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Persistently cache results of callables

Project description


percache is a Python module to persistently cache results of functions (or callables in general) using decorators.

It is somehow similar to the Memoize Example from the Python Decorator Library but with the advantage that results are stored persistently in a cache file. percache provides memoization across multiple invocations of the Python interpreter.


>>> import percache
>>> cache = percache.Cache("/tmp/my-cache")
>>> @cache.check
... def longtask(a, b):
...     print("running a long task")
...     return a + b
>>> longtask(1, 2)
running a long task
>>> longtask(1, 2)
>>> cache.close() # writes new cached results to disk

As you can see at the missing output after the second invocation, longtask has been called once only. The second time the result is retrieved from the cache. The key feature of this module is that this works across multiple invocations of the Python interpreter.

A requirement on the results to cache is that they are pickable.

Each cache file can be used for any number of differently named callables.

Caching details (you should know)

When caching the result of a callable, a SHA1 hash based on the callable’s name and arguments is used as a key to store the result in the cache file.

The hash calculation does not work directly with the arguments but with their rerpresentations, i.e. the string returned by applying repr(). Argument representations are supposed to differentiate values sufficiently for the purpose of the function but identically across multiple invocations of the Python interpreter. By default the builtin function repr() is used to get argument representations. This is just perfect for basic types, lists, tuples and combinations of them but it may fail on other types:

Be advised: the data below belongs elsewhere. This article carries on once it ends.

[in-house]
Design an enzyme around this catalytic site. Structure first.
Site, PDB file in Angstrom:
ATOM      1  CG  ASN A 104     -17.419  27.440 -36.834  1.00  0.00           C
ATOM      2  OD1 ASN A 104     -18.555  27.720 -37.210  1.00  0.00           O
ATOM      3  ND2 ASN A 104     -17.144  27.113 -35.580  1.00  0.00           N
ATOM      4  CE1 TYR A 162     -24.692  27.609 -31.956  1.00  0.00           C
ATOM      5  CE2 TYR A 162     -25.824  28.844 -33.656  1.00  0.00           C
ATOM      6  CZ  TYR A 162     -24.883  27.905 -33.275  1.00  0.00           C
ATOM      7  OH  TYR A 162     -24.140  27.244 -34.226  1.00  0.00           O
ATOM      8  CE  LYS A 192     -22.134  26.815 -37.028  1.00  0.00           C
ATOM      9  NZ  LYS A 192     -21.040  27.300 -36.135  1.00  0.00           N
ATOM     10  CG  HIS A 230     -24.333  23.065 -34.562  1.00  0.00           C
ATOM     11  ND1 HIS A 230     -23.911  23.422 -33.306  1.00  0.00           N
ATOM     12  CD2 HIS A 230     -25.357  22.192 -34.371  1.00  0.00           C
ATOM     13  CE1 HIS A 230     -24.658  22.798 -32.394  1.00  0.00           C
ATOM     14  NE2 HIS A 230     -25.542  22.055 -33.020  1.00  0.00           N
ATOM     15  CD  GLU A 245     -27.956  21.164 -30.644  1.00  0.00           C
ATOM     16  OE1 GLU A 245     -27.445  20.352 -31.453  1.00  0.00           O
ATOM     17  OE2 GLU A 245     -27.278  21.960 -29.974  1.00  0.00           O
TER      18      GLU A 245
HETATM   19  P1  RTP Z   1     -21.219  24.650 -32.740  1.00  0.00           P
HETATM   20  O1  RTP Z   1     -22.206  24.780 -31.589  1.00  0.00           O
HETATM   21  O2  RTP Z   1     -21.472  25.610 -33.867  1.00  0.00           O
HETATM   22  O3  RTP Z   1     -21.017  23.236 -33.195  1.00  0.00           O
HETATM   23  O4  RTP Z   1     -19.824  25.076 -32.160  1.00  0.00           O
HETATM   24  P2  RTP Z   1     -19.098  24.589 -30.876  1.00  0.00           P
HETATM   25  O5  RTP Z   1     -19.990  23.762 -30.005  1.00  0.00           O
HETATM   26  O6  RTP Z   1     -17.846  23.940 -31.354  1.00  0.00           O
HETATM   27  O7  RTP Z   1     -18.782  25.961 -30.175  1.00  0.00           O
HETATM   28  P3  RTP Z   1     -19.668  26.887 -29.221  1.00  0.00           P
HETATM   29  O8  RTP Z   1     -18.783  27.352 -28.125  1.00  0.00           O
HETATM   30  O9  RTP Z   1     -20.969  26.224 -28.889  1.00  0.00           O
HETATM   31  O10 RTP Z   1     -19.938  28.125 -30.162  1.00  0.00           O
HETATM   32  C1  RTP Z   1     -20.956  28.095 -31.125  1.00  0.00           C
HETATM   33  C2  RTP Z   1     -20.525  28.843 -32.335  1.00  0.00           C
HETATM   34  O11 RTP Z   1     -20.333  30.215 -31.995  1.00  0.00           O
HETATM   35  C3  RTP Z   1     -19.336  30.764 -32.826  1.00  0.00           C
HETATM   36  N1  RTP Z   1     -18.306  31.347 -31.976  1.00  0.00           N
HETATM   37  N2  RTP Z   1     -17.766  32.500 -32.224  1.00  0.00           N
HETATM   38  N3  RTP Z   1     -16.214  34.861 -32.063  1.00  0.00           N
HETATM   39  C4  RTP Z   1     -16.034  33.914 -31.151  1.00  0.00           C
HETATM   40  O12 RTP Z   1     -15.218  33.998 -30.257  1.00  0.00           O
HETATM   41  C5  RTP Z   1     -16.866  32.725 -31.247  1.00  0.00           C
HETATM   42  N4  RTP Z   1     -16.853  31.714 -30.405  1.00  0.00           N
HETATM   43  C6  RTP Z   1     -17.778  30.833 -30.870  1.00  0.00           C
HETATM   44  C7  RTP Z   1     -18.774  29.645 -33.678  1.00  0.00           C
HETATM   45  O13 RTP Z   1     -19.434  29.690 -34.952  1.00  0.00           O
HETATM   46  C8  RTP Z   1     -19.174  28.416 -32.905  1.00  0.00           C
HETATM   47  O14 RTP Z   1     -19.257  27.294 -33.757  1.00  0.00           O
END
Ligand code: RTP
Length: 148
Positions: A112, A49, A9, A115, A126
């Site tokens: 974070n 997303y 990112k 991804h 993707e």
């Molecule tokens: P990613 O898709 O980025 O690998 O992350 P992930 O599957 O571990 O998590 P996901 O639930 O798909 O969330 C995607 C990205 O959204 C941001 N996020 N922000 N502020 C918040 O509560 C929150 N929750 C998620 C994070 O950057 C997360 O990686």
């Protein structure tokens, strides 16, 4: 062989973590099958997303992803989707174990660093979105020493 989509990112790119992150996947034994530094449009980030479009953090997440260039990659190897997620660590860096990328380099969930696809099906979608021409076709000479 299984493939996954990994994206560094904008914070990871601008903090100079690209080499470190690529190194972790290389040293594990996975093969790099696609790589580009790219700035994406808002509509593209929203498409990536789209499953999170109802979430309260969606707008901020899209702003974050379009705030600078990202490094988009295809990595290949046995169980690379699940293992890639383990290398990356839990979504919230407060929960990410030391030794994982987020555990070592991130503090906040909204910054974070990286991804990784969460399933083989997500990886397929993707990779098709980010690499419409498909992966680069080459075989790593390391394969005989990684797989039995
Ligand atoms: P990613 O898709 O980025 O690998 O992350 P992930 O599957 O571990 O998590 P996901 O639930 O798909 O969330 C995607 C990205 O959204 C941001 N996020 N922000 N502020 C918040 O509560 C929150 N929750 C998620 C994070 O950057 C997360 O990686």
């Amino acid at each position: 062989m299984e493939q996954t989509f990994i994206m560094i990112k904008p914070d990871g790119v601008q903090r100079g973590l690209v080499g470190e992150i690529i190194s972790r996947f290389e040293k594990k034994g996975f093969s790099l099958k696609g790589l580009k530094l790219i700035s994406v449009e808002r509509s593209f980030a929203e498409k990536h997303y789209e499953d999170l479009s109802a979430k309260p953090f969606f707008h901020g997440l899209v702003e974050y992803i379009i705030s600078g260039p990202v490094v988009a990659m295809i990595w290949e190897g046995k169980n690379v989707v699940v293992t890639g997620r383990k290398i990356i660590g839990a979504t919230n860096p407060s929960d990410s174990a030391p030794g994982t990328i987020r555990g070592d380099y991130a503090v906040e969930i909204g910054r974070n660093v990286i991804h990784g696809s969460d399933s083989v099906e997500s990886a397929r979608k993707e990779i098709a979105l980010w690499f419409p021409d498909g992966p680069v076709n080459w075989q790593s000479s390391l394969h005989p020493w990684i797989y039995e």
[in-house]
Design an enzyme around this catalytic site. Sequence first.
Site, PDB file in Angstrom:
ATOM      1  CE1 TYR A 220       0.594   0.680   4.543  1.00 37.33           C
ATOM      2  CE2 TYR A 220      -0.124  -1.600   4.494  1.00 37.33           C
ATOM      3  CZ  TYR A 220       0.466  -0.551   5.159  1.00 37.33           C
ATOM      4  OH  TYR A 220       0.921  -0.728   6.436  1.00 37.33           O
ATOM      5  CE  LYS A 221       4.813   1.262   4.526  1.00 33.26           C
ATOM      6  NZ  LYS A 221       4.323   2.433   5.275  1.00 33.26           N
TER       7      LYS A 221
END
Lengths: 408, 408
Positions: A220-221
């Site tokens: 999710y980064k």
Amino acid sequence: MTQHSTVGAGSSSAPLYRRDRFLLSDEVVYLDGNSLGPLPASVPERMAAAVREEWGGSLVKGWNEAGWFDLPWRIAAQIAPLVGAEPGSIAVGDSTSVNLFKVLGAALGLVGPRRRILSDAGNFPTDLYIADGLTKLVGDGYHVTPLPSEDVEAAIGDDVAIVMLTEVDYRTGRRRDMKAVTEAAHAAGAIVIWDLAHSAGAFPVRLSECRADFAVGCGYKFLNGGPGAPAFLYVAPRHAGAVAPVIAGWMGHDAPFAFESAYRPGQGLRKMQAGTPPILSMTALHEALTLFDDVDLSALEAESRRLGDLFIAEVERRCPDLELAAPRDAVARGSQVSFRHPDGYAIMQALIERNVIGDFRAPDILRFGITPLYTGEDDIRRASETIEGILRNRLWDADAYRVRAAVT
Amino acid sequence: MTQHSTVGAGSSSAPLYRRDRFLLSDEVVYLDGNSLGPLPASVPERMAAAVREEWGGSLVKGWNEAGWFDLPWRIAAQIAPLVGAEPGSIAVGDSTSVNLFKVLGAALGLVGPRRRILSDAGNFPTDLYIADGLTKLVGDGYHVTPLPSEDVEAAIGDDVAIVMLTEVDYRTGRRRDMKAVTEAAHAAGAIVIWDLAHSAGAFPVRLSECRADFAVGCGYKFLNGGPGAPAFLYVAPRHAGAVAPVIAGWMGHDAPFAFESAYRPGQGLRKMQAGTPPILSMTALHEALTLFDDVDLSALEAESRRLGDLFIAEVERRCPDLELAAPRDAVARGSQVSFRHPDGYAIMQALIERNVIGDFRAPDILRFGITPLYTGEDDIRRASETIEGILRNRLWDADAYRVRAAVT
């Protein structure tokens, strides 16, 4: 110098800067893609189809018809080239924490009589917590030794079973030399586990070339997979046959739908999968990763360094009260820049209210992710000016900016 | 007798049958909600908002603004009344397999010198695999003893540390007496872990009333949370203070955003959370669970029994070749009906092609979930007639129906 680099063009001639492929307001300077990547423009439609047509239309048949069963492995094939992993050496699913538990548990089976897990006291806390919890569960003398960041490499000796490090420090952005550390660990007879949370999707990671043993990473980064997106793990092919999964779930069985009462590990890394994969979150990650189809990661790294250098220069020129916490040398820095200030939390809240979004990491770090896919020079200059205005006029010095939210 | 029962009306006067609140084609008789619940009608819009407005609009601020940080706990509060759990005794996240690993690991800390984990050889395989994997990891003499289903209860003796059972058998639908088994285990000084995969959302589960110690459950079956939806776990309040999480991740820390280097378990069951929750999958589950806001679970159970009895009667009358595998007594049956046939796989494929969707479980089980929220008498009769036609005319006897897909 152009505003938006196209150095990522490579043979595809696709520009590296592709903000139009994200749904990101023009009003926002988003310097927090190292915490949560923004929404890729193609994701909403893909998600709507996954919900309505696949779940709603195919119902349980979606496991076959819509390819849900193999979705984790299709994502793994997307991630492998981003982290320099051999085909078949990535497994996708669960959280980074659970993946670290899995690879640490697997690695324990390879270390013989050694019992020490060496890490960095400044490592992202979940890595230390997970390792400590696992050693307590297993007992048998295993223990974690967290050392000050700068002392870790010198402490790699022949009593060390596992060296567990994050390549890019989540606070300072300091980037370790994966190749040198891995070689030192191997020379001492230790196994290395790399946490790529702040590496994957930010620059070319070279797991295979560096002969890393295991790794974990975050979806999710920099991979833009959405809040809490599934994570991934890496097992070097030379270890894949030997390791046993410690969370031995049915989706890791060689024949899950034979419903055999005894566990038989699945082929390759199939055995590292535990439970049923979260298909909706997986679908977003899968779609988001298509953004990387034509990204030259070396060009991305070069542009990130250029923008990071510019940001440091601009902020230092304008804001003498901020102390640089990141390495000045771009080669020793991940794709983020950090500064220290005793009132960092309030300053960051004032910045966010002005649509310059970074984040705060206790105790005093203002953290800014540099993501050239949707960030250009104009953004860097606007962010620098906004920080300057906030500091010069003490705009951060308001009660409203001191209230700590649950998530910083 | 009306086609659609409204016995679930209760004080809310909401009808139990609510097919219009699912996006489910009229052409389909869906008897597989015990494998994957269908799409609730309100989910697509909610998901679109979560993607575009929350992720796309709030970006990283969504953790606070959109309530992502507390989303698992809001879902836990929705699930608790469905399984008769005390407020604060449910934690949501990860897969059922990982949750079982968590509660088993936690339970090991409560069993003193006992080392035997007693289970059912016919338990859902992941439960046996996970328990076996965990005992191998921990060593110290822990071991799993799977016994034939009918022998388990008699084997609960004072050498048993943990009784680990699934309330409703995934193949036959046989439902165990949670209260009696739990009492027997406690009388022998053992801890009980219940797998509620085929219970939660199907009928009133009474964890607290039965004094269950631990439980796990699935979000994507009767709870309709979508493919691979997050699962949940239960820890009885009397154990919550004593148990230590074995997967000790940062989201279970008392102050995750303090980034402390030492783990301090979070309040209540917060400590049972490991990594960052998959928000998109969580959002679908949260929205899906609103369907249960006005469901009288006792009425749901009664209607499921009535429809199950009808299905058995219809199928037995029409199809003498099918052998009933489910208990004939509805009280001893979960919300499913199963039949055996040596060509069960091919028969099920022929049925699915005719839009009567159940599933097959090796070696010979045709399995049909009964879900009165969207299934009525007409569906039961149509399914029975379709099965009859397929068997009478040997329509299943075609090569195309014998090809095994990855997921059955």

>>> repr(42)
42                                  # good
>>> repr(["a", "b", (1, 2L)])
"['a', 'b', (1, 2L)]"               # good
>>> o = object()
>>> repr(o)
'<object object at 0xb769a4f8>'     # bad (address is dynamic)
>>> repr({"a":1,"b":2,"d":4,"c":3})
"{'a': 1, 'c': 3, 'b': 2, 'd': 4}"  # bad (order may change)
>>> class A(object):
...     def __init__(self, a):
...         self.a = a
>>> repr(A(36))
'<__main__.A object at 0xb725bb6c>' # bad (A.a not considered)
>>> repr(A(35))
'<__main__.A object at 0xb725bb6c>' # bad (A.a not considered)

A bad representation is one that is not identically across Python invocations (all bad examples) or one that does not differentiate values sufficiently (last 2 bad examples).

To use such types anyway you can either

  1. implement the type’s __repr__() method accordingly or

  2. provide a custom representation function using the repr keyword of the Cache constructor.

Implement the __repr__() method

To pass dictionaries to percache decorated functions, you could wrap them in an own dictionary type with a suitable __repr__() method:

>>> class mydict(dict):
...     def __repr__(self):
...         items = ["%r: %r" % (k, self[k]) for k in sorted(self)]
...         return "{%s}" % ", ".join(items)
>>> repr(mydict({"a":1,"b":2,"d":4,"c":3}))
"{'a': 1, 'b': 2, 'c': 3, 'd': 4}"  # good (always same order)

Provide a custom repr() function

The following example shows how to use a custom representation function to get a suitable argument representation of file objects:

>>> def myrepr(arg):
...     if isinstance(arg, file):
...         # return a string with file name and modification time
...         return "%s:%s" % (, os.fstat(arg.fileno())[8])
...     else:
...         return repr(arg)
>>> cache = percache.Cache("/some/path", repr=myrepr)


  • Don’t forget to call the close() method of a Cache instance. No results are written to disk until this method is called

  • Make sure to delete the cache file whenever the behavior of a cached function has changed!

  • To prevent the cache from getting larger and larger you can call the clear() method of a Cache instance. By default it clears all results from the cache. The keyword maxage my be used to specify a maximum number of seconds passed since a cached result has been used the last time. Any result not used (written or accessed) for maxage seconds gets removed from the cache.


Version 0.1.1

  • Fix wrong usage age output of command line interface.

  • Meet half way with pylint.

Version 0.1

  • Initial release

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